Kirkland Alert

BIS Issues Rules Further Restricting Exports to China, Russia and Venezuela

On April 28, 2020, the U.S. Department of Commerce, Bureau of Industry and Security (“BIS”) published two rules and one proposed rule (collectively, the “Rules”) targeting China, Russia and Venezuela, amending the Export Administration Regulations (“EAR”) to expand licensing requirements and eliminate certain license exceptions regarding export of items in support of military end uses and end users. In a heightened enforcement environment, the Rules will necessitate that companies understand the nature of their counterparties and the purpose of transactions with them.

The View From Washington


The Rules help effectuate the Trump administration’s December 2017 National Security Strategy, which stated that the U.S. would “respond to the growing political, economic, and military” challenges being posed by China and Russia, as well as to their support of Venezuela. The Rules continue the trend of the Trump administration’s use of trade policy to address concerns regarding China, Russia and Venezuela, and they complement the export restrictions related to Russia that BIS imposed in February 2020. In particular, the Rules reflect the Administration’s concern about “civil-military integration,” especially in China, as well as about China’s influence over Hong Kong. Once the Rules come into effect, their impacts likely will fall most heavily on transactions with China that were previously authorized.

The Rules


The Rules expand the definition of military end uses and add new restrictions on military end users, remove license exceptions for civil end users for civil end uses and propose to remove authorizations for certain reexports. As a result of new export licensing requirements coupled with a policy of denial, many transactions with China, Russia and Venezuela that were previously authorized for practical purposes could now be banned.

Military End Uses and Military End Users

In the first final rule, BIS expanded licensing requirements related to exports of items in support of “military end uses” and “military end users” in China, Russia and Venezuela and added new filing requirements related to virtually all physical exports to those countries. Under the rule previously in effect, the EAR required a license for exports of certain items intended for military end use in China, Russia and Venezuela and for military end users in Russia and Venezuela. The new rule, which is effective June 29, 2020: (1) expands the definition of “military end use”; (2) adds a new restriction on exports of certain items to “military end users” in China; and (3) expands the list of items that are subject to these restrictions.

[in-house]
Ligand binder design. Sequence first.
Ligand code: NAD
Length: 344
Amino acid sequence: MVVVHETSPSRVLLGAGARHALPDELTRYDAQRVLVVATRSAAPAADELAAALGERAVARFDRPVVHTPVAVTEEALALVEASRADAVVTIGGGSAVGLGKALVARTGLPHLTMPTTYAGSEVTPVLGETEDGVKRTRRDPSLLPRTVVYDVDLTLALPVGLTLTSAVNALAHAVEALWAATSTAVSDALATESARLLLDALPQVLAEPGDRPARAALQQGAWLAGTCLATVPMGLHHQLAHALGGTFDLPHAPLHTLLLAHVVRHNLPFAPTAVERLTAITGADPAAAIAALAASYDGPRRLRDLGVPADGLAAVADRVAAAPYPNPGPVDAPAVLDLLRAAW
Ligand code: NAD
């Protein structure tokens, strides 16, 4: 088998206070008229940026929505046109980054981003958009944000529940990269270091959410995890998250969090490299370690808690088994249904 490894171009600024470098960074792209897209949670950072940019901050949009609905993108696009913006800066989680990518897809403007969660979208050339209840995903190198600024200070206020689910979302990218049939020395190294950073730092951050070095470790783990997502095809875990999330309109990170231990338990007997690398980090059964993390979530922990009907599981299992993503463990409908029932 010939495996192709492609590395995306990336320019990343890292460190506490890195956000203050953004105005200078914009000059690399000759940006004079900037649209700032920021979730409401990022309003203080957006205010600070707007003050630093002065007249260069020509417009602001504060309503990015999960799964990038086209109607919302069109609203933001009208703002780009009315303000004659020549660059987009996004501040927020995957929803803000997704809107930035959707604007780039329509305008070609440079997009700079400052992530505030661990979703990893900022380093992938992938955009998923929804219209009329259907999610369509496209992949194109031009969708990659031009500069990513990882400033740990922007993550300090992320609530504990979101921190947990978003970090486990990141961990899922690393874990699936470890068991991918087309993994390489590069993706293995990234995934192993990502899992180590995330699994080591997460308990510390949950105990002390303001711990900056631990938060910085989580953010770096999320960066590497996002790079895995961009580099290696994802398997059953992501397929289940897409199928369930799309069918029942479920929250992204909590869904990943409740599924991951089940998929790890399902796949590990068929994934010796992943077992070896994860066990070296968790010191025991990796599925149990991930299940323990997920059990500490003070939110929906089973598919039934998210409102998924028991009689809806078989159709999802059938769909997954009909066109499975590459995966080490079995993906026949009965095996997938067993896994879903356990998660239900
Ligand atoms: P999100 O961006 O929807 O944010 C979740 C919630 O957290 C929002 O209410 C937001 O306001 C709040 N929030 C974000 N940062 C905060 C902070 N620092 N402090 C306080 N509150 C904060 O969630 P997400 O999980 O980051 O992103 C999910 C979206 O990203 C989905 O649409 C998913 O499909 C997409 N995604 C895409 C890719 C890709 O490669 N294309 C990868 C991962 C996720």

Military End Use: First, the rule significantly expands the definition of “military end use” beyond the former rule, which confined it to capture certain items for the “use,” “development” and “production” of “military items.”

  • The new rule extends to certain items that support or contribute to the operation, installation, maintenance, repair, overhaul, refurbishing, “development” or “production” of military items, any one of which alone is sufficient to confer “military end use” status. The rule covers the less direct “supporting or contributing to” and replaces the term “use” with all of its defined constituent parts in the disjunctive. Thus, items that only indirectly support the development, production, operation, etc., of military items could now be considered as intended for “military end use.”
  • Also, exporters need only to have reason to know that the product could be intended “entirely or in part” for the above-listed uses or by persons or entities whose actions or functions are intended to support such uses (i.e., the definition of “military end user”). Without additional clarification of the scope of activities that may fall within these definitions, even a small indication that the recipient has some business with the Chinese, Russian or Venezuelan military (as the case may be) may be enough of an indicator that a license is required for the transaction.
  • Furthermore, the rule significantly expands the list of Export Control Classification Numbers (“ECCNs”) subject to the military end use license requirement, and it includes non-sensitive and widely available items such as basic electronics and consumer communications devices. Of particular note, items classified as 5A992 and 5D992, which cover “mass market” encryption items such as consumer communications devices, will now be included in the list of ECCNs subject to potential license requirements.